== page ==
Griffin, for those scoring at home, led Central Florida in tackles for loss, sacks and quarterback hurries in 2017, and was named defensive MVP of the Peach Bowl, a 34-27 win over seventh-ranked Auburn.
Jean-Baptiste offered many of the same traits as Tannor. Snow in his home state of New Jersey forced the cancellation of his planned announcement, fueling the sort of drama only signing day can provide. He ended up signing with Ohio State.
The overall theme of Frost’s press conference, however, was one of getting back to what Nebraska used to be. It came up again and again in response to a variety of questions, but maybe no answer underscored the point better than Frost’s response to a question about the Huskers’ class rating. Depending upon where you looked, Nebraska’s class ranked in the low 20s, up a couple of spots from where it started the day and in the usual range of past Husker classes.
“I don’t really care about the ranking. It matters on one day and that’s today,” Frost said. “I’m not here to win in February, I’m here to win football games in the fall.”
Now that’s really the way Nebraska used to do it.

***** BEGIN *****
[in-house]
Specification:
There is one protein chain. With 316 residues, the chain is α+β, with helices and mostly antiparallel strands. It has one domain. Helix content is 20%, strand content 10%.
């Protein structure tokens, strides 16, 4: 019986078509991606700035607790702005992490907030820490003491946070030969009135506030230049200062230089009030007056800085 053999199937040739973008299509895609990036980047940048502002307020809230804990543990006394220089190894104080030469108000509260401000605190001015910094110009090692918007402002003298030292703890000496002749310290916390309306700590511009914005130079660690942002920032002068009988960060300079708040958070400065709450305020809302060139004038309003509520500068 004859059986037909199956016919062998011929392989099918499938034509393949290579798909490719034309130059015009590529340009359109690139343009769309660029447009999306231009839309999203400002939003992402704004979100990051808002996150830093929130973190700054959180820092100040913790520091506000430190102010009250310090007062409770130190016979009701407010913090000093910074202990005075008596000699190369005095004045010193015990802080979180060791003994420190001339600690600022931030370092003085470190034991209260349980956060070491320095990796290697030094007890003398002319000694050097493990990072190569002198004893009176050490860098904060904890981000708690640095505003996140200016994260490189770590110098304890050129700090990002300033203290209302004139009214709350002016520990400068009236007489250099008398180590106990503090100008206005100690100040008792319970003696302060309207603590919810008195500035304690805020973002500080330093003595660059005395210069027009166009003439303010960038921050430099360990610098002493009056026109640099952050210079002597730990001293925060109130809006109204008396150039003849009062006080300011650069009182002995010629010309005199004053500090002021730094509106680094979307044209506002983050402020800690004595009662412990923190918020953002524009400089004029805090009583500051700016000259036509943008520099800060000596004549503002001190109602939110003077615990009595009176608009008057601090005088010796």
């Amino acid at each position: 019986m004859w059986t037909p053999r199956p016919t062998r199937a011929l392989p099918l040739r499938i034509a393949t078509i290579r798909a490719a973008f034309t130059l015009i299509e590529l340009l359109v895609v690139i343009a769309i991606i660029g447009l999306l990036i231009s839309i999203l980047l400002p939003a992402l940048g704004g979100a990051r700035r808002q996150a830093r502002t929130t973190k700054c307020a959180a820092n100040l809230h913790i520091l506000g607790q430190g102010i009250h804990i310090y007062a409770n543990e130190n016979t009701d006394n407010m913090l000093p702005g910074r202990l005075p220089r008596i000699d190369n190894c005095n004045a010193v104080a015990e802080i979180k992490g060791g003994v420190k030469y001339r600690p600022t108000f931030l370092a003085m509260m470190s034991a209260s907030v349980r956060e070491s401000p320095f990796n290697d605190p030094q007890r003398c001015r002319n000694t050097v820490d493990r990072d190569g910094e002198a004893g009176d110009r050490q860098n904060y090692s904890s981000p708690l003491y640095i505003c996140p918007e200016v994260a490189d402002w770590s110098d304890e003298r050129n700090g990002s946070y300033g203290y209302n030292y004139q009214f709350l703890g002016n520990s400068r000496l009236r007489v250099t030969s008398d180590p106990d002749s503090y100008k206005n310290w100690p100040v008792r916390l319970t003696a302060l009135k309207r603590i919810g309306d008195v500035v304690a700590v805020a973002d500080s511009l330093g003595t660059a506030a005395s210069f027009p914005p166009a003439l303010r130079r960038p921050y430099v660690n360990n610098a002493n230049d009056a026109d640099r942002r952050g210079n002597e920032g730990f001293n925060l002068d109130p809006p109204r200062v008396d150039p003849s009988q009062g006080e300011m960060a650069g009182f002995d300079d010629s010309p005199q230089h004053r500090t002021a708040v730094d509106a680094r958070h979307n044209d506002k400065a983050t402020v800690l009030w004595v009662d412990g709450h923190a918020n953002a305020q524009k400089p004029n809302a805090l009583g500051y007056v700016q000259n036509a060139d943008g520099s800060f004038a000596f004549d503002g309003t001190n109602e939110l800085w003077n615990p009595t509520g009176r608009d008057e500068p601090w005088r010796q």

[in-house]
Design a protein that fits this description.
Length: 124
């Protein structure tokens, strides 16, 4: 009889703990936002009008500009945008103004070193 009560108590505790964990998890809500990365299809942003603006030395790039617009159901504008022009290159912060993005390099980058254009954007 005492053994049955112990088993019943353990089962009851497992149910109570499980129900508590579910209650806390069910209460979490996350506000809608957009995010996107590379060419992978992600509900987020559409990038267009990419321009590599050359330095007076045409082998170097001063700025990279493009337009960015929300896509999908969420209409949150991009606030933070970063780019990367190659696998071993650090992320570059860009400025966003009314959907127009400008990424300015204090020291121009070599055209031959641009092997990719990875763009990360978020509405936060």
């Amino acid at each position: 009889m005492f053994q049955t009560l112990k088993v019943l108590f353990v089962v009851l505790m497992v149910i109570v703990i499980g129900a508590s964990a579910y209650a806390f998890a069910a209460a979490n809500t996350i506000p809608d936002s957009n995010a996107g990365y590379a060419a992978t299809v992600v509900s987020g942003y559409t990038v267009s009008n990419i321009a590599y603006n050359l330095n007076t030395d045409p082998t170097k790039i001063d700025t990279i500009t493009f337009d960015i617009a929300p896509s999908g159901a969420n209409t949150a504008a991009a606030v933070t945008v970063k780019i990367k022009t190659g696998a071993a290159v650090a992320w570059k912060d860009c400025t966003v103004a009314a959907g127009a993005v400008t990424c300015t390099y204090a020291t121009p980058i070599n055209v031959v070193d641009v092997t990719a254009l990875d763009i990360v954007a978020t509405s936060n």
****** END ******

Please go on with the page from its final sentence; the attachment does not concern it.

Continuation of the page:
Notes & Quotes
>>Thanks to his performance in the Under Armour game, perhaps no player’s announcement was as eagerly anticipated as Washington’s. The Huskers targeted him right away in December, before that breakout performance, and Frost credited the relationship the coaches were able to build early with signing him on Wednesday.
What’s he bring to the table?
“He can do everything that we would ask a running back to do in our system. He has a little bit of work to finish academically, but we’re excited to get him on campus,” Frost said.
Washington’s uncertain qualification status may have tamped down his recruitment some during the fall, but all signs are he is on track and will be able to enroll in the summer.
>>Nebraska announced that it sold out its spring game in just two days, which isn’t bad PR to have on day when coaches are trying to woo recruits.
“A lot of people say they have the best fans in the country. Selling out in a spring game in three days kind of puts that argument to bed,” Frost said. “I’m so excited the fan base is as fired up as it is. I’m anxious for the fan base to get to know these new coaches. We have some unbelievable men on our coaching staff.”
Those men will fan out across the state on Thursday to host a handful of events meant to introduce fans to the recruits in this class.
>>Between recruiting for Nebraska and coaching UCF in the Peach Bowl, Frost said the Huskers’ staff hasn’t had any time off since July. Those days are coming, though.
Nebraska’s offensive staff will take some days off next week while the defensive coaches remain in the office, and vice versa the following week.
As for Frost, he’ll be heading down to see his wife and son who are still in Orlando.